Michele Parrinello, Ph.D., of the Swiss Federal Institute of Technology Zurich, delivered the 2013 Pitzer Lecture in Theoretical Chemistry on Nov. 25, on the main campus of The Ohio State University. Parrinello’s address was titled Atomistic Computer Simulations: Past, Present, and Future.
Since 1987, OSC has been providing our clients services in four areas, or functions:
Supercomputing. OSC provides the computational power and storage that scientists need to meet their research goals. Whether researchers need to harness the incredible power of a parallel processor cluster to better understand deep space, a vector processor machine to do weather modeling, or a mid-size shared memory processor system to model the human heart, OSC has the hardware and software solutions to meet their needs.
Research. A staff of high performance computing and networking research experts maintain active research programs in HPC and Networking, Homeland Security and Defense, Environmental Sciences, Engineering and Life Sciences. Our goals are to lead science and engineering research efforts, assist researchers with custom needs and collaborate with regional, national and international researchers in groundbreaking initiatives.
Education. OSC has a national reputation for its training and education programs. Staff teach faculty and student researchers through scientific computing workshops, one-on-one classes, and web-based portal training. Ohio students gain exposure to the world of high performance computing and networking during our annual summer institutes for young women in middle school and for junior and senior high school students. And, the statewide, virtual Ralph Regula School of Computational Science coordinates computational science and engineering education activities for all levels of learning.
Cyberinfrastructure. The Ohio Supercomputer Center’s cyberinfrastructure and software development researchers provide the user community with various high performance computing software options. This variety enables researchers to select parallel computing languages they most prefer, and just as important, it creates a test bed for exploring these systems. By taking a holistic approach to generating efficient supercomputing applications for researchers, the Center’s cyberinfrastructure and software development research capitalizes on all the components within the cycle of innovation — development, experimentation, and analysis - and continuously improves the services provided.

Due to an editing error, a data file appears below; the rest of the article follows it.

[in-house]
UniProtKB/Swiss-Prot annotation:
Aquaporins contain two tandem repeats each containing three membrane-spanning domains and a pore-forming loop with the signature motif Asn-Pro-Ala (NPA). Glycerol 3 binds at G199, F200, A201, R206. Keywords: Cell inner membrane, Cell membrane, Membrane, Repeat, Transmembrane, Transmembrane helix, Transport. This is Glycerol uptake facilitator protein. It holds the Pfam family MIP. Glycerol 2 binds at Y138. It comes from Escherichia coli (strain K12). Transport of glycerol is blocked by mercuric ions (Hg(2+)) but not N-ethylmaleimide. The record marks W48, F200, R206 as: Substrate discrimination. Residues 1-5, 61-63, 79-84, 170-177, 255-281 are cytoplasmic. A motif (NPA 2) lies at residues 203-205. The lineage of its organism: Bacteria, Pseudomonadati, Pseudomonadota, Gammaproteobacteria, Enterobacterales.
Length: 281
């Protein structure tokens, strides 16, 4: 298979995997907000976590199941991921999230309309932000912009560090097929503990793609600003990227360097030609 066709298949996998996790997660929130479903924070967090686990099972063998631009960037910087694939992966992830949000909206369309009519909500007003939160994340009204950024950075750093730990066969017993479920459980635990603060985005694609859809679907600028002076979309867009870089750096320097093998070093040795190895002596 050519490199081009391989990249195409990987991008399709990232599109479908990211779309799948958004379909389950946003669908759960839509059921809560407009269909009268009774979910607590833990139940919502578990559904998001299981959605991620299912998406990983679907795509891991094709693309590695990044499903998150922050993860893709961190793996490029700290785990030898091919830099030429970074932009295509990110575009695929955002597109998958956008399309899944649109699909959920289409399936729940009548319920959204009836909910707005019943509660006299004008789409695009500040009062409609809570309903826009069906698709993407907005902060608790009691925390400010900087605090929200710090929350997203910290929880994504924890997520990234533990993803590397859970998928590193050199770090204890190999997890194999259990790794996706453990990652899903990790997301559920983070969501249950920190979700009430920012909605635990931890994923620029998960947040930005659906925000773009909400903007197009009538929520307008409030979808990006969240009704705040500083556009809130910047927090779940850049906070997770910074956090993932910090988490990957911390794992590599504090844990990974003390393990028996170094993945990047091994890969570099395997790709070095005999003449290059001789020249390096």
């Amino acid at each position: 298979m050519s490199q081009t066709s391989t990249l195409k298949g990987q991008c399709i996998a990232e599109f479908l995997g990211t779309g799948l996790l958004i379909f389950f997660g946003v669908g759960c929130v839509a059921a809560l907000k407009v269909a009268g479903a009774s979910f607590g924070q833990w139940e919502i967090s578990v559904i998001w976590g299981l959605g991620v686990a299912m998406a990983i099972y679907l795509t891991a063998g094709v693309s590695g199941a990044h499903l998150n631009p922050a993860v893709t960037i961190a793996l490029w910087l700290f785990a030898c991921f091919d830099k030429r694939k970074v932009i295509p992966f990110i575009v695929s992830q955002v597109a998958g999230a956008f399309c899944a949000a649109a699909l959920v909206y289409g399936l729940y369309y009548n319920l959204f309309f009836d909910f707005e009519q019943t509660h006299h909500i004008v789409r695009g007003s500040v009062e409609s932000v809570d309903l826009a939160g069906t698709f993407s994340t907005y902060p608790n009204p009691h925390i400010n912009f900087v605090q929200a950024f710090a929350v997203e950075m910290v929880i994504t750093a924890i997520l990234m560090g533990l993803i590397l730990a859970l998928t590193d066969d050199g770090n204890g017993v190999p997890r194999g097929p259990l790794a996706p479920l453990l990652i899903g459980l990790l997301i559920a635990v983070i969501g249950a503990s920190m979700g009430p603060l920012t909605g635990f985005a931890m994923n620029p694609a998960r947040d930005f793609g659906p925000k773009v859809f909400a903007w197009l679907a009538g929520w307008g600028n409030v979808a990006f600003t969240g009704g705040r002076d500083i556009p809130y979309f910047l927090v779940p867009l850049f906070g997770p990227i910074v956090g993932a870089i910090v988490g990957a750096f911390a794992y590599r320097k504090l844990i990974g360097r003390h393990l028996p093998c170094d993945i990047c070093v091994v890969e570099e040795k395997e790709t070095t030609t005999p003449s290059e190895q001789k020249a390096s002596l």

TotalSim’s Fan Portal accepts user input on parameters, such as fan geometry, blade number, shroud diameter, fan immersion, flow rate and speed and rotational direction and provides the customer with visual and numerical results, such as pressure, torque, power and efficiency.
A screen shot of simulation results from an app developed by TotalSim LLC as a virtual desktop-as-a-service system for advanced manufacturing processes.
Ohio Supercomputer Center engineers partnered with experts at Technology Management Inc. to model TMI’s fabrication process and component specifications of its highly efficient fuel cells.
Engineers at AltaSim Technologies leveraged Ohio Supercomputer Center resources to model thermal energy transfer from full, printed circuit boards.
Kinetic Vision engineers partnered with KLW Plastics to test integration of modeling and simulation into their product development and testing workflow.
Lung-Fei Lee at The Ohio State University is developing models of group behavior that include situations where some members have incomplete information.
A research group led by Douglass Schumacher at The Ohio State University are conducting simulations of experiments being conducted on powerful lasers, such as Ohio State’s 400 Terawatt Scarlet laser, shown here.
Dhabaleswar Panda at The Ohio State University led a group in studies of communication runtimes on systems, including the HP-Intel Xeon Oakley Cluster at the Ohio Supercomputer Center.
A research group led by Brian Rigling at Wright State University and Todd Rovito at the Air Force Research Lab developed a simple synthetic intersection and synthetic straight test track, based upon Sadr City, Iraq. The comparison view is a satellite image of the actual intersection.